Fresno Police step up security for Veterans Day Parade

Extra officers will focus on the perimeter of the parade route on Saturday

FRESNO, Calif. - The largest veterans parade in the U.S. is just 12 hours away. Thousands will be in Downtown Fresno and police are stepping up security for the big event.

The parade route will start on P Street, pass the front of Fresno City Hall and turn on Fresno Street to pass the Veterans Memorial Museum before going south on M Street.

Police say the priority is to be visible to the public and expect 20,000 people to be at the parade. One security expert says citizens need to be on guard at all times.

With the Annual Fresno Veterans Day Parade becoming the largest of its kind in the nation, Fresno Police squads are prepared for the wave of people entering downtown Saturday.

"We can have as many as 45 or 50 officers at any one time working or participating in the event," said Captain Michael Reid.

Two teams of traffic officers and the special response team will patrol the area. Road closures will prevent vehicles from using the parade route.

"We make sure that the perimeter is safe, make sure that traffic flow has stopped in that area," said Reid.

Thousands of people will walk the streets of Downtown, honoring veterans of all military branches. National security expert Mike Spicer says the rise of mass shootings across the country is a reminder to be aware of your surroundings.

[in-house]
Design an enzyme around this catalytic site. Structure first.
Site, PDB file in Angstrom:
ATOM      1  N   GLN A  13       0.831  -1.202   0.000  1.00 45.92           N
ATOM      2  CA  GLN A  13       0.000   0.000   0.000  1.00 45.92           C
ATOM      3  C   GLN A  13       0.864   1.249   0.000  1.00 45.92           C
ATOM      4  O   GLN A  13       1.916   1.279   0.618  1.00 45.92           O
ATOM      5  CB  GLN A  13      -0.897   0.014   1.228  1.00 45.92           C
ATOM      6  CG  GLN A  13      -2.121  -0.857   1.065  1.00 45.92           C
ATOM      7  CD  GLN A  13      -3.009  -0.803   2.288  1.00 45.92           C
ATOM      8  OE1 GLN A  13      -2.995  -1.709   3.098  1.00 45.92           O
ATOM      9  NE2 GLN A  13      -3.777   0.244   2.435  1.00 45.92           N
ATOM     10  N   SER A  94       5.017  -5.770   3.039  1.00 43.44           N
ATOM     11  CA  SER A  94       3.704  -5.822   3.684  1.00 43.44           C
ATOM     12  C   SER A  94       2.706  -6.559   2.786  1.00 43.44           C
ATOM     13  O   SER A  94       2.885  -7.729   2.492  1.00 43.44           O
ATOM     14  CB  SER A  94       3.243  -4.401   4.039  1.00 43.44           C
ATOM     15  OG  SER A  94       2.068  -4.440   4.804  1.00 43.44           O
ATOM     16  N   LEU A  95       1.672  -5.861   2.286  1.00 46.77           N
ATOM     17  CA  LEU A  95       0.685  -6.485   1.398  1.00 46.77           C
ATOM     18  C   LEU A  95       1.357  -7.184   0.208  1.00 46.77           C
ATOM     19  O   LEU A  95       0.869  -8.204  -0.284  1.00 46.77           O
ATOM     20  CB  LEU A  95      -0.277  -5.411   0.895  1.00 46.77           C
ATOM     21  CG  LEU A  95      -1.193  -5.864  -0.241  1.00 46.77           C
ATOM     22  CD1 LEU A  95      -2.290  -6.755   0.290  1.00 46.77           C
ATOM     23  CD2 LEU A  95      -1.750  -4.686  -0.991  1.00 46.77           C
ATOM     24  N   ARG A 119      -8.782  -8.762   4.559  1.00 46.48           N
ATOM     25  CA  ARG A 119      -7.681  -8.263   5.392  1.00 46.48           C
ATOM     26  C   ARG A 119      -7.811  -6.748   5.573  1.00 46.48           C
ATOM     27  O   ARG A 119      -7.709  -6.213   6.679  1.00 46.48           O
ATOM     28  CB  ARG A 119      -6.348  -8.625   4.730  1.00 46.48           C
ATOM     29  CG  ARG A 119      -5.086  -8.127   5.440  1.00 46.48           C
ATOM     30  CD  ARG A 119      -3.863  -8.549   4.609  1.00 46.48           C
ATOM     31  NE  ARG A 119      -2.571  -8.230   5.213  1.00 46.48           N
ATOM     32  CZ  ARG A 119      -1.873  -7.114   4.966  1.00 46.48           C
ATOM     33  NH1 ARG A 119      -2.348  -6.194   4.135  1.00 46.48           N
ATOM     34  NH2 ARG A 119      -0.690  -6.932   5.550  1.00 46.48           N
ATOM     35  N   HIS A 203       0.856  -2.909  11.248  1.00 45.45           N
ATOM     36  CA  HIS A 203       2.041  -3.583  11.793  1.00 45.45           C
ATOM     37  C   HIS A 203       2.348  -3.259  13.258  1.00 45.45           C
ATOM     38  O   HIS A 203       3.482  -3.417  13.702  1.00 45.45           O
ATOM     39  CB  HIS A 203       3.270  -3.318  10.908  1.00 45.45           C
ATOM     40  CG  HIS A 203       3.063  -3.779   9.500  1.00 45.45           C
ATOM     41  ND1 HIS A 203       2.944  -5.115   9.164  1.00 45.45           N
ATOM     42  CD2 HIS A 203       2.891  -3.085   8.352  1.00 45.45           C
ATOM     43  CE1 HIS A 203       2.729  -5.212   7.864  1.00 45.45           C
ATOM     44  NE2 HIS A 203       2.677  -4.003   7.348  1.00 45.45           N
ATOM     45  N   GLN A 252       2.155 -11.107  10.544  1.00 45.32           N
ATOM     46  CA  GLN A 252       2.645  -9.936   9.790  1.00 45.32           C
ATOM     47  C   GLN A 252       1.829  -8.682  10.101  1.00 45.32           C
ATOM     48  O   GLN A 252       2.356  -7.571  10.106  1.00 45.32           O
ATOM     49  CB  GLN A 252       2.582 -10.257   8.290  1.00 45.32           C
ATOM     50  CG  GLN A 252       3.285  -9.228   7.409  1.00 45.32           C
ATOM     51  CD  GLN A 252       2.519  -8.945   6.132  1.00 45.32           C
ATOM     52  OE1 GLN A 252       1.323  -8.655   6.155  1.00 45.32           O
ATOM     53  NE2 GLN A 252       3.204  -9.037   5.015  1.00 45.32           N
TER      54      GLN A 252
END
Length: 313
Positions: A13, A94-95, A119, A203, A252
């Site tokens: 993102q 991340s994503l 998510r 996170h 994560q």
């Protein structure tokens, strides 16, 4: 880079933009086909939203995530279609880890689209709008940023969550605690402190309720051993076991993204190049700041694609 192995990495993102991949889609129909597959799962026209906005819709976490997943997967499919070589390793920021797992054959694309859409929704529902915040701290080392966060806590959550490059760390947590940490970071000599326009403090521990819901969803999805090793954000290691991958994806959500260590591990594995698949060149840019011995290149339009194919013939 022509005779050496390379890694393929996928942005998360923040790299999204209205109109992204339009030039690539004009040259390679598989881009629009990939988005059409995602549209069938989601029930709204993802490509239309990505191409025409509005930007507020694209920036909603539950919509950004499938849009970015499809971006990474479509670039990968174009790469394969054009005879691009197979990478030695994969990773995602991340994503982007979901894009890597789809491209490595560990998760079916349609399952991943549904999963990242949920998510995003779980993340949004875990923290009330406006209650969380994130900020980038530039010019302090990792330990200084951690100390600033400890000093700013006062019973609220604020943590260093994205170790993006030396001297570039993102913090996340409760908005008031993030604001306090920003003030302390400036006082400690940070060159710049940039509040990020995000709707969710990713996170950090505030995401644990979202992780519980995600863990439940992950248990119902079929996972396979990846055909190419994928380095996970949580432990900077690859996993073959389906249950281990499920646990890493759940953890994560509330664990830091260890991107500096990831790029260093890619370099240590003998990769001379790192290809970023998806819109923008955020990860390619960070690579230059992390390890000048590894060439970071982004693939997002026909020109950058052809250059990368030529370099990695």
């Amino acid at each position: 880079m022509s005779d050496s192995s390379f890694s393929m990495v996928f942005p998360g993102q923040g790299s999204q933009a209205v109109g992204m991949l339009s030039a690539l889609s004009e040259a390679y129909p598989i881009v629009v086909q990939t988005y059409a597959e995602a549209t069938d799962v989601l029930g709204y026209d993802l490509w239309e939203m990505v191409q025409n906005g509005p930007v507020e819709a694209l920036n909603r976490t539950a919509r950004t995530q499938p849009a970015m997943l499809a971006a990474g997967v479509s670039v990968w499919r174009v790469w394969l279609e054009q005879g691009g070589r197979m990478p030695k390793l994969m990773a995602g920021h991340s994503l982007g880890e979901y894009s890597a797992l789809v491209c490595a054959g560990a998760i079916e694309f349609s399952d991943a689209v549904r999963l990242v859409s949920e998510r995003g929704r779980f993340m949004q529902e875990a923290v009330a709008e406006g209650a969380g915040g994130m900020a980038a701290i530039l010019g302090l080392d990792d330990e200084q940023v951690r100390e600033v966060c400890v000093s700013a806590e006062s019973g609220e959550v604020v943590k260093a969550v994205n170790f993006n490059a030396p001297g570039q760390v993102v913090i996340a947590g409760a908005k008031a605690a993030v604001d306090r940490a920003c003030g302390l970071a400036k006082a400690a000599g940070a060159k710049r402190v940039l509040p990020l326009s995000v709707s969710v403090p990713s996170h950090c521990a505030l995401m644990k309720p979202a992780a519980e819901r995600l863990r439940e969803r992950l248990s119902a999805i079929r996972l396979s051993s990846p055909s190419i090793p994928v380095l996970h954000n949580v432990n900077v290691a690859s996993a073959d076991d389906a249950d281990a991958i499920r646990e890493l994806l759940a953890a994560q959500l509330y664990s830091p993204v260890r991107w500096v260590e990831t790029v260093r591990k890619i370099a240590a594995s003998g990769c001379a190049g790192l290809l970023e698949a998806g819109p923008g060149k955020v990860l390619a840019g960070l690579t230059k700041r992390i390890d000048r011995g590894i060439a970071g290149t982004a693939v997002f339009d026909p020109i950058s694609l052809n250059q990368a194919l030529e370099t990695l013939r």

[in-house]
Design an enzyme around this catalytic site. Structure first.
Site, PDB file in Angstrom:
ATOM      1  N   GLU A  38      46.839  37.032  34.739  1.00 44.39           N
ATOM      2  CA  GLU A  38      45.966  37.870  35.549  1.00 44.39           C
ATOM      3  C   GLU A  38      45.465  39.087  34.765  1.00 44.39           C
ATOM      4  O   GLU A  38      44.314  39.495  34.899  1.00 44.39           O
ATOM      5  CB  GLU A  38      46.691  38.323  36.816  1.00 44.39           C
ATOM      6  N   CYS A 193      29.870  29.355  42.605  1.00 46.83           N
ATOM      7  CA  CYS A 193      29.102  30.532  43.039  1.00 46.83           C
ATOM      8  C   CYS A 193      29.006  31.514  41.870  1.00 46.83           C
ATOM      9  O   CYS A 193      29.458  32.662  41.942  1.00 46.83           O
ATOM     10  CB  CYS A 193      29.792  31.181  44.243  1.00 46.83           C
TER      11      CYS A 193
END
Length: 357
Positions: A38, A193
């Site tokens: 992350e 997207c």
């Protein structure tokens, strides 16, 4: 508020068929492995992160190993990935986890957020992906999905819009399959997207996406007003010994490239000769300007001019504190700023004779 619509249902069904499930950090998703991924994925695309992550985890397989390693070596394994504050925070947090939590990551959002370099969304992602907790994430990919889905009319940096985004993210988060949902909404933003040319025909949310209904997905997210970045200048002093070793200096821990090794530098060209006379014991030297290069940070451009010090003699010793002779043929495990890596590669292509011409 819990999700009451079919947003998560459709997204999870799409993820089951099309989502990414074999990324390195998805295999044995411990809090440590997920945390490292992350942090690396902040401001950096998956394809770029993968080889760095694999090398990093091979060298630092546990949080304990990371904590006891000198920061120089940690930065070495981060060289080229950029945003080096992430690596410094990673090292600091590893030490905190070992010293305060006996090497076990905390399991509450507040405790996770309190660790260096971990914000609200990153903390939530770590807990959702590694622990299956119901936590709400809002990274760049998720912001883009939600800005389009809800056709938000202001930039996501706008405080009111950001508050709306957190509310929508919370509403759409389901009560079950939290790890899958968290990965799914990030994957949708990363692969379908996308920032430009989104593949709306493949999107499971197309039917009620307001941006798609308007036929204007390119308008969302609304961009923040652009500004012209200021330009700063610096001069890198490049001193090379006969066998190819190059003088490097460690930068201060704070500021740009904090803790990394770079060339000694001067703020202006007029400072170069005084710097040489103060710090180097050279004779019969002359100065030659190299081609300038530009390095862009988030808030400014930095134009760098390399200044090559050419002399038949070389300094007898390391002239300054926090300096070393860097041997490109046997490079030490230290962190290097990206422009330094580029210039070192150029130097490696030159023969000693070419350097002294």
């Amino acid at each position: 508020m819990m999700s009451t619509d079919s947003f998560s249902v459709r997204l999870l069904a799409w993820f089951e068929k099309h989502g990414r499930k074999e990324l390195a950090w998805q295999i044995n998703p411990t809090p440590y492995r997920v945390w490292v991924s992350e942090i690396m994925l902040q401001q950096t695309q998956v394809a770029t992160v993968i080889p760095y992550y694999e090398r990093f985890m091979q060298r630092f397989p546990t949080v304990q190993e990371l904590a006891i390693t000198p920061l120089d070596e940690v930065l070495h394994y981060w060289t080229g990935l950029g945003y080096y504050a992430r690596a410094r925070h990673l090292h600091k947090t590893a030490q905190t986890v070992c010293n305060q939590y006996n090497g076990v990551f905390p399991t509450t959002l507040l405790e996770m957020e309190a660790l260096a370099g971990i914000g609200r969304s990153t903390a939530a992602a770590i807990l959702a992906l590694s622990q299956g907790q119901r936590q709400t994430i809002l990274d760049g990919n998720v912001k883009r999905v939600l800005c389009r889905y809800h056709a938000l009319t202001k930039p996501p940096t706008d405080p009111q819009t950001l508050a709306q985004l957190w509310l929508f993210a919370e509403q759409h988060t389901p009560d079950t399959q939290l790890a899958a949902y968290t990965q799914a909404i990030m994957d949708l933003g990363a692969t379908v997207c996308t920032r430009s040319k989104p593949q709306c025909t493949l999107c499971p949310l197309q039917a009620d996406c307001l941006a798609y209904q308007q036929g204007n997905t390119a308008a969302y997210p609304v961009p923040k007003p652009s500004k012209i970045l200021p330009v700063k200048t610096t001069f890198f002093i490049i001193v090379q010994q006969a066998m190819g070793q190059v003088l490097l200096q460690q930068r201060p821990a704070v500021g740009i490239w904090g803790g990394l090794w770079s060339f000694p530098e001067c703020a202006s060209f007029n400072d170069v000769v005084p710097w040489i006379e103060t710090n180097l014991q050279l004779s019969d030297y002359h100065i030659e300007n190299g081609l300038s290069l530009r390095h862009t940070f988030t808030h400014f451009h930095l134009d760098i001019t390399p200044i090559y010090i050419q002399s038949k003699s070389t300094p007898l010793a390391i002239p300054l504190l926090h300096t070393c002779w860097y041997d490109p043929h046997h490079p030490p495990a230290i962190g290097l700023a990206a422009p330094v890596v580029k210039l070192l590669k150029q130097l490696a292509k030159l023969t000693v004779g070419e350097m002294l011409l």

"What you're seeing everyday in America now, we're realizing how soft these targets are," said Spicer.

"Soft" because the parade is an event designed to be open and welcoming to the public. Around 20,000 people are expected to show up. Spicer says they can stay safe by going in with a game plan in case violence erupts.

"You got to take on some responsibility. You have to come with a plan," said Spicer.

Spicer says the phrase "run, hide, fight" is one to follow.

"It's very hard to hit a moving target and it's not very accurate fire," said Spicer.

Captain Reid says Fresno's veterans parade has always been safe. Officers will focus on the outside of the perimeter to prevent anything or anyone suspicious from getting into the parade.

"And the public appreciates that. Believe me, they do," said Spicer.

Captain Reid says security planning for this parade started in early September. Communication is key as officers will be checking in with each other on their radio channel all day.

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